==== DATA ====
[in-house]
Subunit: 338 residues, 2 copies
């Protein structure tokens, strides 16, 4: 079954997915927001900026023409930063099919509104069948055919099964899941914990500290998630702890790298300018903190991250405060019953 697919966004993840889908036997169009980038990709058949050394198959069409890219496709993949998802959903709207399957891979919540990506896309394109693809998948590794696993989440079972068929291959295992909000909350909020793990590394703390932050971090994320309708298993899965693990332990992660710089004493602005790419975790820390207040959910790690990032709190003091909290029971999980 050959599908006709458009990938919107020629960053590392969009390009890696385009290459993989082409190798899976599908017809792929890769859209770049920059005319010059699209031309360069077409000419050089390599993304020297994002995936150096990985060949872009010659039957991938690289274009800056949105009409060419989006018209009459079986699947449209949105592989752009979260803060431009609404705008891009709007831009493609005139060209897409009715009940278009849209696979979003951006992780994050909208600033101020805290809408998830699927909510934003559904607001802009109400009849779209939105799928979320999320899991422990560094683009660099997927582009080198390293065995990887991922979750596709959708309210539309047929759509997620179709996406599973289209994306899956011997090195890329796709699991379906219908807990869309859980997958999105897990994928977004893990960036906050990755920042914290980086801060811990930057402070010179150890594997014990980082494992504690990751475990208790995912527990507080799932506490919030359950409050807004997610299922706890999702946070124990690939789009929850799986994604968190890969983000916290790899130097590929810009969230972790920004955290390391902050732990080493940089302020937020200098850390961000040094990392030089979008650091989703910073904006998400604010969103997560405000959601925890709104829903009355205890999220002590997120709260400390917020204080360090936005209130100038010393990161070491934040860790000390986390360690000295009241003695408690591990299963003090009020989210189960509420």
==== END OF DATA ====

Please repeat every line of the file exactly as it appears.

[in-house]
Subunit: 338 residues, 2 copies
């Protein structure tokens, strides 16, 4: 079954997915927001900026023409930063099919509104069948055919099964899941914990500290998630702890790298300018903190991250405060019953 697919966004993840889908036997169009980038990709058949050394198959069409890219496709993949998802959903709207399957891979919540990506896309394109693809998948590794696993989440079972068929291959295992909000909350909020793990590394703390932050971090994320309708298993899965693990332990992660710089004493602005790419975790820390207040959910790690990032709190003091909290029971999980 050959599908006709458009990938919107020629960053590392969009390009890696385009290459993989082409190798899976599908017809792929890769859209770049920059005319010059699209031309360069077409000419050089390599993304020297994002995936150096990985060949872009010659039957991938690289274009800056949105009409060419989006018209009459079986699947449209949105592989752009979260803060431009609404705008891009709007831009493609005139060209897409009715009940278009849209696979979003951006992780994050909208600033101020805290809408998830699927909510934003559904607001802009109400009849779209939105799928979320999320899991422990560094683009660099997927582009080198390293065995990887991922979750596709959708309210539309047929759509997620179709996406599973289209994306899956011997090195890329796709699991379906219908807990869309859980997958999105897990994928977004893990960036906050990755920042914290980086801060811990930057402070010179150890594997014990980082494992504690990751475990208790995912527990507080799932506490919030359950409050807004997610299922706890999702946070124990690939789009929850799986994604968190890969983000916290790899130097590929810009969230972790920004955290390391902050732990080493940089302020937020200098850390961000040094990392030089979008650091989703910073904006998400604010969103997560405000959601925890709104829903009355205890999220002590997120709260400390917020204080360090936005209130100038010393990161070491934040860790000390986390360690000295009241003695408690591990299963003090009020989210189960509420």